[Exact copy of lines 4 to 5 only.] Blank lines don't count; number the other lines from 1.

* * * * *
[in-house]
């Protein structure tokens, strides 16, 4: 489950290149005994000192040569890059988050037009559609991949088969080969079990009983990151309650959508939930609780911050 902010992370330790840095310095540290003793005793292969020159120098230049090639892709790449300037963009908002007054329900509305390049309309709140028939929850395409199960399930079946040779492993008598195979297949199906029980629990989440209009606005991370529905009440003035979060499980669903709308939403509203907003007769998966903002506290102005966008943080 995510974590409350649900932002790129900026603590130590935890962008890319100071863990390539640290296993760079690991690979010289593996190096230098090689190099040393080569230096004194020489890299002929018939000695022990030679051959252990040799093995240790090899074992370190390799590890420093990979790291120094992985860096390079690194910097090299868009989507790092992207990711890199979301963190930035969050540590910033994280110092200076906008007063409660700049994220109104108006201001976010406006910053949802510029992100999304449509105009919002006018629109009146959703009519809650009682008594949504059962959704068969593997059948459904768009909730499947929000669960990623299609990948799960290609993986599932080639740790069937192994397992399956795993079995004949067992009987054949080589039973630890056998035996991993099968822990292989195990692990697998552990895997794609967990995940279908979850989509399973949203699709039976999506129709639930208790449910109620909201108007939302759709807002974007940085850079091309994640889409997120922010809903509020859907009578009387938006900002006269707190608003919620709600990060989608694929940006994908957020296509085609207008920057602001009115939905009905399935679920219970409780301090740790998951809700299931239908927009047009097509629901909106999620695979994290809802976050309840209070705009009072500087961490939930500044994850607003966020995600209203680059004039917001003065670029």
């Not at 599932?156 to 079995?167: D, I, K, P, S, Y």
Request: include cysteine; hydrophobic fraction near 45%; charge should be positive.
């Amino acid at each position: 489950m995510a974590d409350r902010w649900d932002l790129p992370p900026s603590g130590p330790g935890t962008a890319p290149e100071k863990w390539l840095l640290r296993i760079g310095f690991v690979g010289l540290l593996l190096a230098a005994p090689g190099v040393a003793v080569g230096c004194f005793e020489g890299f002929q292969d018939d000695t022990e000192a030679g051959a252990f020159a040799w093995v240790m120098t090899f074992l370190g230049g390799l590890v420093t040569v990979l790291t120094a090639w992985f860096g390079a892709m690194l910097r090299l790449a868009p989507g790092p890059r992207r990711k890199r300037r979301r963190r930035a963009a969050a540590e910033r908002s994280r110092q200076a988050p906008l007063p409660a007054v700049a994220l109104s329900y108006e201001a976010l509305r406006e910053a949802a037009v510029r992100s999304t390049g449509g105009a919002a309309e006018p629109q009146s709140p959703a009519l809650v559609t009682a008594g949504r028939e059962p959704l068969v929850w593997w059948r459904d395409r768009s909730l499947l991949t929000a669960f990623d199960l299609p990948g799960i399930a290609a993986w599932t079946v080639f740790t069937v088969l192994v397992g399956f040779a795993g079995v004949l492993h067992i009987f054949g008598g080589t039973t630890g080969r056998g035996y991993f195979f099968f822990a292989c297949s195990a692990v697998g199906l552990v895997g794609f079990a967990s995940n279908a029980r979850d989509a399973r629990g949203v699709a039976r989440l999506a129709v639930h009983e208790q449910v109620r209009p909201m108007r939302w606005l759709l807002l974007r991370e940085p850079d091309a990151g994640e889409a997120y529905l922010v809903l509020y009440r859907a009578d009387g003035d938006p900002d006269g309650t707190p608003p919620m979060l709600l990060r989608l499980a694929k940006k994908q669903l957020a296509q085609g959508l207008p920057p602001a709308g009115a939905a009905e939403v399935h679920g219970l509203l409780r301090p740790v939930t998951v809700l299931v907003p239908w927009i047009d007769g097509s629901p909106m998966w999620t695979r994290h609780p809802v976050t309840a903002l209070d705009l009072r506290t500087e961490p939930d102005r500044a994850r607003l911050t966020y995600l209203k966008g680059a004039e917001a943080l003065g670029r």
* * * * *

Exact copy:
Request: include cysteine; hydrophobic fraction near 45%; charge should be positive.
């Amino acid at each position: 489950m995510a974590d409350r902010w649900d932002l790129p992370p900026s603590g130590p330790g935890t962008a890319p290149e100071k863990w390539l840095l640290r296993i760079g310095f690991v690979g010289l540290l593996l190096a230098a005994p090689g190099v040393a003793v080569g230096c004194f005793e020489g890299f002929q292969d018939d000695t022990e000192a030679g051959a252990f020159a040799w093995v240790m120098t090899f074992l370190g230049g390799l590890v420093t040569v990979l790291t120094a090639w992985f860096g390079a892709m690194l910097r090299l790449a868009p989507g790092p890059r992207r990711k890199r300037r979301r963190r930035a963009a969050a540590e910033r908002s994280r110092q200076a988050p906008l007063p409660a007054v700049a994220l109104s329900y108006e201001a976010l509305r406006e910053a949802a037009v510029r992100s999304t390049g449509g105009a919002a309309e006018p629109q009146s709140p959703a009519l809650v559609t009682a008594g949504r028939e059962p959704l068969v929850w593997w059948r459904d395409r768009s909730l499947l991949t929000a669960f990623d199960l299609p990948g799960i399930a290609a993986w599932t079946v080639f740790t069937v088969l192994v397992g399956f040779a795993g079995v004949l492993h067992i009987f054949g008598g080589t039973t630890g080969r056998g035996y991993f195979f099968f822990a292989c297949s195990a692990v697998g199906l552990v895997g794609f079990a967990s995940n279908a029980r979850d989509a399973r629990g949203v699709a039976r989440l999506a129709v639930h009983e208790q449910v109620r209009p909201m108007r939302w606005l759709l807002l974007r991370e940085p850079d091309a990151g994640e889409a997120y529905l922010v809903l509020y009440r859907a009578d009387g003035d938006p900002d006269g309650t707190p608003p919620m979060l709600l990060r989608l499980a694929k940006k994908q669903l957020a296509q085609g959508l207008p920057p602001a709308g009115a939905a009905e939403v399935h679920g219970l509203l409780r301090p740790v939930t998951v809700l299931v907003p239908w927009i047009d007769g097509s629901p909106m998966w999620t695979r994290h609780p809802v976050t309840a903002l209070d705009l009072r506290t500087e961490p939930d102005r500044a994850r607003l911050t966020y995600l209203k966008g680059a004039e917001a943080l003065g670029r």